The Inkatha Freedom Party (IFP) in KwaZulu-Natal says it is not convinced that the province is ready for the re-opening of schools. This is in reaction to Basic Education Minister Angie Motshekga’s announcement that Grades 12 and Seven will be returning to class from June first, as part of a phased approach, while the country battles coronavirus.
IFP member of the KZN legislature, Mntomuhle Khawula, says the supply of personal protective equipment is a challenge.
“The department reports that PPEs have been distributed for educators and learners, that sanitisers have been delivered, that schools will have water. All this has not been done. Where schools have received these materials they’ve not been enough for everybody at school. Damaged and vandalised schools have not been repaired, water tanks have not been delivered, teachers and food handlers have not been trained on COVID-19. The IFP wants teaching and learning to resume under safe conditions not in conditions that will make teachers and learners the sacrificial lambs of COVID-19 in our country,” explains Khawula.
Teachers are meant to return to school on Monday to prepare for the reopening. However, KwaZulu-Natal Premier Sihle Zikalala has said the province’s educators will only report to work on Thursday when all PPEs would have been delivered to schools.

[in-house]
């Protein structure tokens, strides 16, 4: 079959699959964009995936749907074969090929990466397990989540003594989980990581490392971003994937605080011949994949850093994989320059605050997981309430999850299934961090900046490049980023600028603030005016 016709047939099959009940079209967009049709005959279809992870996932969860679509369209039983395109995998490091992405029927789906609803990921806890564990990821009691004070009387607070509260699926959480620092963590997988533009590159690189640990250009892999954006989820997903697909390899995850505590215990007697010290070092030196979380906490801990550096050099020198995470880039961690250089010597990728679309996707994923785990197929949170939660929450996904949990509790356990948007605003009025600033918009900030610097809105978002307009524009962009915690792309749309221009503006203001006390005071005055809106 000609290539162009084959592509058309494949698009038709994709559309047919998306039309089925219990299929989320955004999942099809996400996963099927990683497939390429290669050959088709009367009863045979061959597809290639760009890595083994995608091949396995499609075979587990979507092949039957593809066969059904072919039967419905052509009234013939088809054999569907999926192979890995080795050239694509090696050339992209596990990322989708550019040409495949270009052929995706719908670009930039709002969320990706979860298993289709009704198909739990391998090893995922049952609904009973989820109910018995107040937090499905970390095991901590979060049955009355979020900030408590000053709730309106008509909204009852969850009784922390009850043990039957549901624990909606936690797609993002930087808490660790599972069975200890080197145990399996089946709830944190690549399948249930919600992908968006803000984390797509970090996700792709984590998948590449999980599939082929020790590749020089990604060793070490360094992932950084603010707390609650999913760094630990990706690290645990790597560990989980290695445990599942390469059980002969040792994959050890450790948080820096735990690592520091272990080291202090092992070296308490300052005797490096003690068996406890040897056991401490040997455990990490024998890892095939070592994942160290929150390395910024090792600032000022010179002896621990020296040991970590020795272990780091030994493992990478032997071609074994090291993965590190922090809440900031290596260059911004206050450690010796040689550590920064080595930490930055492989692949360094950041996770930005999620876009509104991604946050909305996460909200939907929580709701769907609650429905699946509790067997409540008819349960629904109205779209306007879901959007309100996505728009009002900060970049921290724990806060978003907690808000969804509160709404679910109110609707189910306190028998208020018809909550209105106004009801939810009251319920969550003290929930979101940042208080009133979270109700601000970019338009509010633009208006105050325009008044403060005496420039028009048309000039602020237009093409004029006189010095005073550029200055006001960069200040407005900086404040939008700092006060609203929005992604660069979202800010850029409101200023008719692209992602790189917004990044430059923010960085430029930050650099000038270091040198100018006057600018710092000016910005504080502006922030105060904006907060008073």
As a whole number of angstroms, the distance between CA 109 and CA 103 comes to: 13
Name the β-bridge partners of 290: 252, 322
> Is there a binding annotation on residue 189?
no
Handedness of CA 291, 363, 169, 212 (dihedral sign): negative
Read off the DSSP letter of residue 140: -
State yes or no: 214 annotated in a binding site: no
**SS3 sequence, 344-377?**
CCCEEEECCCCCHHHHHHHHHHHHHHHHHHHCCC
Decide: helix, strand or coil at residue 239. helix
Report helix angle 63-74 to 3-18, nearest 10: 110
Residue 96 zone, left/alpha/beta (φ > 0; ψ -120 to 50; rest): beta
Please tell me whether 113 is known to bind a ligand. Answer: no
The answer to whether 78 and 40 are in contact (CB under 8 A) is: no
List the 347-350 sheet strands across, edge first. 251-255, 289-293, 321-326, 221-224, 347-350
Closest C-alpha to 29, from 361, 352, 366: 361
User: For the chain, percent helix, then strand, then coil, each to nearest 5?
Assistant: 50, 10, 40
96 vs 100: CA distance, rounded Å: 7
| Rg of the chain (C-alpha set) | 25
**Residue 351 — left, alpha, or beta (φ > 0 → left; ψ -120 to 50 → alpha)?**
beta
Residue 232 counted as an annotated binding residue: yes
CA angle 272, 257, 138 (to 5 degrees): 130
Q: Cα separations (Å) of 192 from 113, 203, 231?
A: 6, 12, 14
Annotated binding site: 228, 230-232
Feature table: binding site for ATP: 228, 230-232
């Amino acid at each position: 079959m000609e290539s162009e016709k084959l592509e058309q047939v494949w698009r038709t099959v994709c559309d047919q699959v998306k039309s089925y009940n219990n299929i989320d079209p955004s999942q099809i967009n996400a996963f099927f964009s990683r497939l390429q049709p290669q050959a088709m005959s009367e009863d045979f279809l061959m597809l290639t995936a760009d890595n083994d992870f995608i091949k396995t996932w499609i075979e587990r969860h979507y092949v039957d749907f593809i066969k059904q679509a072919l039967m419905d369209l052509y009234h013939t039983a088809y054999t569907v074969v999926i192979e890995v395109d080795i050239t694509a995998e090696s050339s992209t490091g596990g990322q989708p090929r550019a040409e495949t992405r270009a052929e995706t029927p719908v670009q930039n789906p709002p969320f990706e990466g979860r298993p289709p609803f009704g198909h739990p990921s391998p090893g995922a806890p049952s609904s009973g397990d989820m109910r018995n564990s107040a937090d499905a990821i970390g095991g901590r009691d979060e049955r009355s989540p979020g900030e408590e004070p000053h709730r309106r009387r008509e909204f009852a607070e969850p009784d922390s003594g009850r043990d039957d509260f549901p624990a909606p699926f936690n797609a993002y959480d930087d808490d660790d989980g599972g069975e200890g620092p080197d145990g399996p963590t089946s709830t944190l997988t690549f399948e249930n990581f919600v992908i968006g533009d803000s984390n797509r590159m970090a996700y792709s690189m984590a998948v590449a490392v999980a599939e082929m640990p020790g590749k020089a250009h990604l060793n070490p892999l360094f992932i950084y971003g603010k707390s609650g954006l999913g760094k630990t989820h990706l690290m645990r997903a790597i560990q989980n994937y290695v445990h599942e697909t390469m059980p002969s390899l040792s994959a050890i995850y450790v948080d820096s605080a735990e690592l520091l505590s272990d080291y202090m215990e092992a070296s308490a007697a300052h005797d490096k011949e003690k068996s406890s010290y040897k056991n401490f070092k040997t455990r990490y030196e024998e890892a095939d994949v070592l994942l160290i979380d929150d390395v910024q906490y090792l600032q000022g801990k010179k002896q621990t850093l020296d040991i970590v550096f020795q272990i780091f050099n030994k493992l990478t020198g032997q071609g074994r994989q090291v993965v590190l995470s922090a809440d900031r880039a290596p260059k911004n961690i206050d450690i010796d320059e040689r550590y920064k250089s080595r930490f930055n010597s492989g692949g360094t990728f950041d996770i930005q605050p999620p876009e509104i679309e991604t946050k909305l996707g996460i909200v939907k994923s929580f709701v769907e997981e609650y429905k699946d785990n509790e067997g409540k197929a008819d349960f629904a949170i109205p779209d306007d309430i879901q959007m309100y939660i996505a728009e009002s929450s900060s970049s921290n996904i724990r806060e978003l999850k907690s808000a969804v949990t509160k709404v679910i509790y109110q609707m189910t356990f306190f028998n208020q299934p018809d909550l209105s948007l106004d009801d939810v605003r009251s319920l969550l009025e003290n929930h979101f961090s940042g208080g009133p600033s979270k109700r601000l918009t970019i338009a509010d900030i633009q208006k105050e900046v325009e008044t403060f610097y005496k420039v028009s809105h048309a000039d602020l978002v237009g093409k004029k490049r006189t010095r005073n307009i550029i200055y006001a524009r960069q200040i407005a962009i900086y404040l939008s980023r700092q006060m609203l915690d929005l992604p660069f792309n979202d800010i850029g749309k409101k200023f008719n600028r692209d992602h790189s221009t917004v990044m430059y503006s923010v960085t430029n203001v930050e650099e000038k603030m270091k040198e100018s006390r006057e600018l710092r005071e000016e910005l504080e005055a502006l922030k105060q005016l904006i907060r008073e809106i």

In the video below, Motshekga briefs the media on the reopening of schools:
The governing African National Congress (ANC) meanwhile fully supports Motshekga’s decision.
“We welcome the opening of schools for Grade 7’s and 12’s. It will be up to us as parents to make sure that kids are safe and adhere to the PPE’s and sanitising,” says party spokesperson, Pule Mabe.
The Democratic Alliance (DA) Shadow Minister on Higher Education, Science and Technology, Belinda Bazzoli, welcomed the move but said that schools should adhere to safety protocols.
“We think it’s a good thing that matric students get to go on to university or college and we were very worried that they were being held back. I think it’s a good thing that primary school kids at Grade 7 will be able to go up to high school so that the system doesn’t get clocked up by students being held back by the coronavirus. Schools can safely reopen.”
The Congress of the People (COPE) cautiously accepted the move. “For as long as there are precautionary measures, we don’t want to send our kids and teachers to a slaughter field. We are very concerned that everything must be there before teachers and children can go into a school,” says party spokesperson, Dennis Bloem.
In the video below, political parties react to the reopening of schools:
Civil society expresses its views on the matter in the video below:
Below is an infographic on the opening of schools on level 3: